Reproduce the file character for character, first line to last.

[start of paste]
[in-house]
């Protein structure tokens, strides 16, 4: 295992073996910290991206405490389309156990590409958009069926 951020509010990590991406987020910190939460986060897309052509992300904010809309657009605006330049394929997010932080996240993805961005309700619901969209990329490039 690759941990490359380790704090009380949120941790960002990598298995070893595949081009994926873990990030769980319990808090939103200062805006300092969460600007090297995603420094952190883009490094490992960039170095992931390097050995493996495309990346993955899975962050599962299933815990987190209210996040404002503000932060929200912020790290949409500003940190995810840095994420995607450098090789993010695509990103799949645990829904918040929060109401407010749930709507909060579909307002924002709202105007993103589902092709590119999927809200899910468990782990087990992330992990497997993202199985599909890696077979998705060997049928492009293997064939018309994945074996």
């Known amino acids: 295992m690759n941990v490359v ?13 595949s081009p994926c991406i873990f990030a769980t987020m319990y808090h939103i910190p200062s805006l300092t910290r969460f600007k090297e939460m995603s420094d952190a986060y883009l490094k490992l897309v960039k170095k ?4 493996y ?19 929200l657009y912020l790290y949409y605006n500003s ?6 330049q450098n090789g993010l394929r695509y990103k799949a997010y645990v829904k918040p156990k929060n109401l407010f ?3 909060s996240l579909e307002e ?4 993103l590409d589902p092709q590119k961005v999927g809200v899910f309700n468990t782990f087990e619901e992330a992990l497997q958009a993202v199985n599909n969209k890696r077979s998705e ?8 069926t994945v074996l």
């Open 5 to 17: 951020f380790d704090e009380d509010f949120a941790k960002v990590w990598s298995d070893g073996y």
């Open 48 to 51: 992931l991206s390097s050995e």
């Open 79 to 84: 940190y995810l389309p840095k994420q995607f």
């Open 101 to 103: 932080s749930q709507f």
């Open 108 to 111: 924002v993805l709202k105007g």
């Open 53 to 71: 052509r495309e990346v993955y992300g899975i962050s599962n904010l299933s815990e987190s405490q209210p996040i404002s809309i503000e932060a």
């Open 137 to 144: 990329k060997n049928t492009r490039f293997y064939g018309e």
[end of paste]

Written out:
[in-house]
């Protein structure tokens, strides 16, 4: 295992073996910290991206405490389309156990590409958009069926 951020509010990590991406987020910190939460986060897309052509992300904010809309657009605006330049394929997010932080996240993805961005309700619901969209990329490039 690759941990490359380790704090009380949120941790960002990598298995070893595949081009994926873990990030769980319990808090939103200062805006300092969460600007090297995603420094952190883009490094490992960039170095992931390097050995493996495309990346993955899975962050599962299933815990987190209210996040404002503000932060929200912020790290949409500003940190995810840095994420995607450098090789993010695509990103799949645990829904918040929060109401407010749930709507909060579909307002924002709202105007993103589902092709590119999927809200899910468990782990087990992330992990497997993202199985599909890696077979998705060997049928492009293997064939018309994945074996």
């Known amino acids: 295992m690759n941990v490359v ?13 595949s081009p994926c991406i873990f990030a769980t987020m319990y808090h939103i910190p200062s805006l300092t910290r969460f600007k090297e939460m995603s420094d952190a986060y883009l490094k490992l897309v960039k170095k ?4 493996y ?19 929200l657009y912020l790290y949409y605006n500003s ?6 330049q450098n090789g993010l394929r695509y990103k799949a997010y645990v829904k918040p156990k929060n109401l407010f ?3 909060s996240l579909e307002e ?4 993103l590409d589902p092709q590119k961005v999927g809200v899910f309700n468990t782990f087990e619901e992330a992990l497997q958009a993202v199985n599909n969209k890696r077979s998705e ?8 069926t994945v074996l």
């Open 5 to 17: 951020f380790d704090e009380d509010f949120a941790k960002v990590w990598s298995d070893g073996y």
């Open 48 to 51: 992931l991206s390097s050995e």
């Open 79 to 84: 940190y995810l389309p840095k994420q995607f």
């Open 101 to 103: 932080s749930q709507f």
């Open 108 to 111: 924002v993805l709202k105007g």
């Open 53 to 71: 052509r495309e990346v993955y992300g899975i962050s599962n904010l299933s815990e987190s405490q209210p996040i404002s809309i503000e932060a």
């Open 137 to 144: 990329k060997n049928t492009r490039f293997y064939g018309e």